“Oh god, oh god, oh god.” Ray kept repeating this to himself until Sam and his burrito sat down across from him.
“What happened? What did you just do?”
“I hung up on her.” Ray said.
“You what?! Why would you do that?”
“I panicked!” Ray said. “But her voice is so incredible.”
“Call her back, dipshit!”
“Yeah, no, you’re right, you’re right. Hang on.” Ray said. He fumbled with his phone, but before he could do anything with it, it began to ring. Startled, he looked at it, then to Sam, then back to the phone. “What do I do?!”
“Answer the god damn thing!” Sam said. Ray held the phone to his ear.
“What’s up, you got Ray.” he said. Sam looked at him and whispered “What?”
“Oh hey Carrie. What? Did I call you? Oh, yeah. Yeah, I did. I get crazy bad reception on this thing.” Ray said. “No, the iPh- I mean, yeah, the Droid. Um, yeah I remember the whole coffee thing. Sure, I’d love to. Sounds great. Yeah, I’ll meet you there at, let’s say seven? Fantastic. Lates.”
“Did you just say Lates to end a phone conversation?” Sam asked.
“Yeah.” Ray said.
“Why am I your friend?”
“I’m supposed to meet her at the coffee house at seven, but I don’t even know what I’m going to wear.” Ray said.
“Don’t say things like that when you’re with her. Or when you’re with me.” Sam said.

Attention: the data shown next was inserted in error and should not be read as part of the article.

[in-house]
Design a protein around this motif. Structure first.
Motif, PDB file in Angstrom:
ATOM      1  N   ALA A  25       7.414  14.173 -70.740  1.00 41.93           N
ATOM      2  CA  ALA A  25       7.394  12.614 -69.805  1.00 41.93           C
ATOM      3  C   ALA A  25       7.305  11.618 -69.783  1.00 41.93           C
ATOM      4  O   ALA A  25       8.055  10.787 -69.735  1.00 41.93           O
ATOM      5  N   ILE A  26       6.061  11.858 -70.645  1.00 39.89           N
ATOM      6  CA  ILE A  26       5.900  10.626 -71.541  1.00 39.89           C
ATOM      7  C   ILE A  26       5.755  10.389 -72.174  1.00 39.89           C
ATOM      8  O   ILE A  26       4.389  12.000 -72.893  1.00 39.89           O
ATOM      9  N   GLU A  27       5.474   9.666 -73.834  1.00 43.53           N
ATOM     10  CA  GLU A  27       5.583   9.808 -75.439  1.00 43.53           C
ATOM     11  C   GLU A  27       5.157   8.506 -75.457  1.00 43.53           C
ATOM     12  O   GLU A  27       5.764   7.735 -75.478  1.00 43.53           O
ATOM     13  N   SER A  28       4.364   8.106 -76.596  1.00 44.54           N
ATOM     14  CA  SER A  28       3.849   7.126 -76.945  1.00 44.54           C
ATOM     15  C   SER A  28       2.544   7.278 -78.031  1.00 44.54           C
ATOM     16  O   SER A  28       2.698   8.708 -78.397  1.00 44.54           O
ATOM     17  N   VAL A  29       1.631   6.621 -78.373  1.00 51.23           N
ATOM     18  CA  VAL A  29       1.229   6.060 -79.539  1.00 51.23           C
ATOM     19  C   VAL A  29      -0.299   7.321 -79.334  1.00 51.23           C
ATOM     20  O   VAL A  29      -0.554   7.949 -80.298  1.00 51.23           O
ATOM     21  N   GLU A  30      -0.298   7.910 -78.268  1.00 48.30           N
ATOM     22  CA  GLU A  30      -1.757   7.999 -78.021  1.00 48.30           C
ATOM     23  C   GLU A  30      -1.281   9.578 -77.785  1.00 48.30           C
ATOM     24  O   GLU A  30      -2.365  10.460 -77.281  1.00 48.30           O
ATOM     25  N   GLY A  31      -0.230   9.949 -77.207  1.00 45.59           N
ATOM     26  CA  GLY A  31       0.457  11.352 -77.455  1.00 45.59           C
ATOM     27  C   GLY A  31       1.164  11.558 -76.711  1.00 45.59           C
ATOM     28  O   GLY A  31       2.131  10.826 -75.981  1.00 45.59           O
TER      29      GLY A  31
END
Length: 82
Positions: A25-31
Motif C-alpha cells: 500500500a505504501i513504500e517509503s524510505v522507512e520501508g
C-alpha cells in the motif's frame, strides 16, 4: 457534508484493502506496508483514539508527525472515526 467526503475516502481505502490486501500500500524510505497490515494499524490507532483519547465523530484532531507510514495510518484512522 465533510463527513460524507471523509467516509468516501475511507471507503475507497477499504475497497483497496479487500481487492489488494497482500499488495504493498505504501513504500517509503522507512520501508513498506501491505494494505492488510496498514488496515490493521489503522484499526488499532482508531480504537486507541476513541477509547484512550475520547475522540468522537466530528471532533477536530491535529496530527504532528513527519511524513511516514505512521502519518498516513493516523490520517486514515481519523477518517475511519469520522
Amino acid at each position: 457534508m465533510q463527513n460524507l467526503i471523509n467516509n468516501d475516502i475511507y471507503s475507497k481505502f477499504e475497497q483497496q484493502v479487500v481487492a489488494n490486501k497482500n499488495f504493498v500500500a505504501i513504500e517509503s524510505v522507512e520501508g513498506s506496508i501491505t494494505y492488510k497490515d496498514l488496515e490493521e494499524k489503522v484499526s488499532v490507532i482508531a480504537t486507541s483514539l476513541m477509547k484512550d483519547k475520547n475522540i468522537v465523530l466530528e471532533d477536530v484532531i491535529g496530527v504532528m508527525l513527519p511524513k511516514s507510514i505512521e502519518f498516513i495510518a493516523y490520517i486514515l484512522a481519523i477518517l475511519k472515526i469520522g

“Should I wear a suit?” Ray asked. “Or like a tux or something?”
“Seeing as you’re not James Bond, maybe you should leave the tux at home.” Sam said.
“What about a blazer with leather elbow patches? I could smoke a pipe the whole time.”
“How are you a real person? No. Just wear your regular normal person clothes. You’ll be fine.” Sam said. He took a bite of his burrito.
“So, no pipe?”
“Unless you’re planning on taking her over to Watson’s house afterward, no. No pipe.” Sam said. Ray sat in silence for the next few minutes, and Sam took this opportunity to finish his burrito. He sat back, wiped his mouth with a napkin, and sighed happily. “You’re right, that was a damn good burrito.”
“Told you.” Ray said. “So, I should just play it cool, then.”
“You should play it actually cool, as opposed to the fucked up fictional version of cool that you think is cool.”
“The hell is that supposed to mean?” Ray asked.
“Leather patches on a blazer. Saying lates to end a phone conversation. Freddie Prinze Jr. These things are not cool.”
“You are a crazy person.” Ray said. “All of those things are cool.”
“Whatever, man. I’ve gotta get going. I need to go home, puke up this burrito, then continue wishing for death.” Sam said. “But Ray, seriously. Good luck.”
“Thank you.” Ray said.
“You’re going to need it.” Sam said.
“Maybe I shouldn’t have called him back.” Carrie said. Ellie sighed.
“I don’t understand how a person so neurotic can function in daily life.”
“I’m serious.” Carrie said.
“So am I.” Ellie said. “You’ll be fine. He’s a nice guy, he agreed to meet you tonight, coffee at that coffee house is amazing. You guys are going to have a great night.”